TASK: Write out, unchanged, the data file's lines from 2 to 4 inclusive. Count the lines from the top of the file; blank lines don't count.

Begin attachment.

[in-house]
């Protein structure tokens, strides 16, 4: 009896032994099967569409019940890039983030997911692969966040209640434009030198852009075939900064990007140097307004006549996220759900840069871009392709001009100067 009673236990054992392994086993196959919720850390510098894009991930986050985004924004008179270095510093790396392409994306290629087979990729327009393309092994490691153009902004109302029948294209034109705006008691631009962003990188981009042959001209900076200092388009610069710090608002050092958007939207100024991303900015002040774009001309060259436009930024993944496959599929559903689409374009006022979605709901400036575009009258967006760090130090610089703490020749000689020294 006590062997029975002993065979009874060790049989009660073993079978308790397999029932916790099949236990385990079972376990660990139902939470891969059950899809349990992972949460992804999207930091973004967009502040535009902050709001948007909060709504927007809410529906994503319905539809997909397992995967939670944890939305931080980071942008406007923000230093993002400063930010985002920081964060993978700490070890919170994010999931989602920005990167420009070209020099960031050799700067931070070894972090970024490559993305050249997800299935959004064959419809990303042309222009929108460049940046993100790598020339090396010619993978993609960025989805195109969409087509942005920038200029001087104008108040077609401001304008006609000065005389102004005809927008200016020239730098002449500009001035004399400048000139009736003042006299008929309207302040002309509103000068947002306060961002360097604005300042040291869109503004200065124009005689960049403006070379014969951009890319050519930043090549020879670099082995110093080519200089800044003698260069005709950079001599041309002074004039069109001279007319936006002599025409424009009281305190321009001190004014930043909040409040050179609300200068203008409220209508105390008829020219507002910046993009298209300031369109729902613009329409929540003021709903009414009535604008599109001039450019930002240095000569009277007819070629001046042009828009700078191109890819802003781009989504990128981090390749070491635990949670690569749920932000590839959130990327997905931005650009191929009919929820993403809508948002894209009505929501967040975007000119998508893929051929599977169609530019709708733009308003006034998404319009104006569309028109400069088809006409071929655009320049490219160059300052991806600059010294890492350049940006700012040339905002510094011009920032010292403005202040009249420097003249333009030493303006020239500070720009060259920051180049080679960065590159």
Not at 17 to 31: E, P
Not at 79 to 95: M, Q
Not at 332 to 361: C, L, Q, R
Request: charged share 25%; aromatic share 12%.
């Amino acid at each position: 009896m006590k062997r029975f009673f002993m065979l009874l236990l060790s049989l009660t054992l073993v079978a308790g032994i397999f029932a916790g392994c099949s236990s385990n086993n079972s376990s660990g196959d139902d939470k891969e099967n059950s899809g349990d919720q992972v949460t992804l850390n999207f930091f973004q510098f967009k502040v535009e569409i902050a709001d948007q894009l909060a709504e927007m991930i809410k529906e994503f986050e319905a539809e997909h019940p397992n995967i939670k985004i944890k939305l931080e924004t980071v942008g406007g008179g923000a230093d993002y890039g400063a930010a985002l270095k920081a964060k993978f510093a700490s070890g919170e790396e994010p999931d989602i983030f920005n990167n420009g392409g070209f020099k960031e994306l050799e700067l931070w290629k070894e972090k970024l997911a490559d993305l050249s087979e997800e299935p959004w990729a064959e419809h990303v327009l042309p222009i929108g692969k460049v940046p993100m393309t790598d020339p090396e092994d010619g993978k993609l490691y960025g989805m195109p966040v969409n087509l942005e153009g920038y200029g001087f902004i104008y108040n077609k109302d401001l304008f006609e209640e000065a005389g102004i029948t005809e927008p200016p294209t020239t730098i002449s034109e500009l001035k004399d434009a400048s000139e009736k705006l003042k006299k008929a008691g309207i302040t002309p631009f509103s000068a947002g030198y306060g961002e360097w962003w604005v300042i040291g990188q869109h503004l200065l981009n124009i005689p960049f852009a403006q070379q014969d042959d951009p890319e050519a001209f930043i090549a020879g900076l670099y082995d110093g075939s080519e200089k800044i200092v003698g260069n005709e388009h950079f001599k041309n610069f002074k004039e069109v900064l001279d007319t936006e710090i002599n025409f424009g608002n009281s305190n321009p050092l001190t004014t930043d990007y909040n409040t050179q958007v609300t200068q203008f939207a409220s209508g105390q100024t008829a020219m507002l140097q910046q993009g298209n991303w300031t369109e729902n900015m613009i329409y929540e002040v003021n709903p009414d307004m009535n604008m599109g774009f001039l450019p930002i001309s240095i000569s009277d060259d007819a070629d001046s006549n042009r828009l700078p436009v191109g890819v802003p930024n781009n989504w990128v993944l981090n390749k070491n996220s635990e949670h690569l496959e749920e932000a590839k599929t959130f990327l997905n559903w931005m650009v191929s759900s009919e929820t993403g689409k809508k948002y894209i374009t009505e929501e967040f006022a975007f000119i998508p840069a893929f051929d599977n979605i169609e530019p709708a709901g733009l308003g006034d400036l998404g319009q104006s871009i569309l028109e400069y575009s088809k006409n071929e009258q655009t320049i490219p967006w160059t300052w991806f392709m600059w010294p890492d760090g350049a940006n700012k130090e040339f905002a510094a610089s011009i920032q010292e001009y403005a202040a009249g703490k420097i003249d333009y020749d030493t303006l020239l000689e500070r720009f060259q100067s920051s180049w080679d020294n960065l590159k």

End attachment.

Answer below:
């Protein structure tokens, strides 16, 4: 009896032994099967569409019940890039983030997911692969966040209640434009030198852009075939900064990007140097307004006549996220759900840069871009392709001009100067 009673236990054992392994086993196959919720850390510098894009991930986050985004924004008179270095510093790396392409994306290629087979990729327009393309092994490691153009902004109302029948294209034109705006008691631009962003990188981009042959001209900076200092388009610069710090608002050092958007939207100024991303900015002040774009001309060259436009930024993944496959599929559903689409374009006022979605709901400036575009009258967006760090130090610089703490020749000689020294 006590062997029975002993065979009874060790049989009660073993079978308790397999029932916790099949236990385990079972376990660990139902939470891969059950899809349990992972949460992804999207930091973004967009502040535009902050709001948007909060709504927007809410529906994503319905539809997909397992995967939670944890939305931080980071942008406007923000230093993002400063930010985002920081964060993978700490070890919170994010999931989602920005990167420009070209020099960031050799700067931070070894972090970024490559993305050249997800299935959004064959419809990303042309222009929108460049940046993100790598020339090396010619993978993609960025989805195109969409087509942005920038200029001087104008108040077609401001304008006609000065005389102004005809927008200016020239730098002449500009001035004399400048000139009736003042006299008929309207302040002309509103000068947002306060961002360097604005300042040291869109503004200065124009005689960049403006070379014969951009890319050519930043090549020879670099082995110093080519200089800044003698260069005709950079001599041309002074004039069109001279007319936006002599025409424009009281305190321009001190004014930043909040409040050179609300200068203008409220209508105390008829020219507002910046993009298209300031369109729902613009329409929540003021709903009414009535604008599109001039450019930002240095000569009277007819070629001046042009828009700078191109890819802003781009989504990128981090390749070491635990949670690569749920932000590839959130990327997905931005650009191929009919929820993403809508948002894209009505929501967040975007000119998508893929051929599977169609530019709708733009308003006034998404319009104006569309028109400069088809006409071929655009320049490219160059300052991806600059010294890492350049940006700012040339905002510094011009920032010292403005202040009249420097003249333009030493303006020239500070720009060259920051180049080679960065590159």
Not at 17 to 31: E, P
Not at 79 to 95: M, Q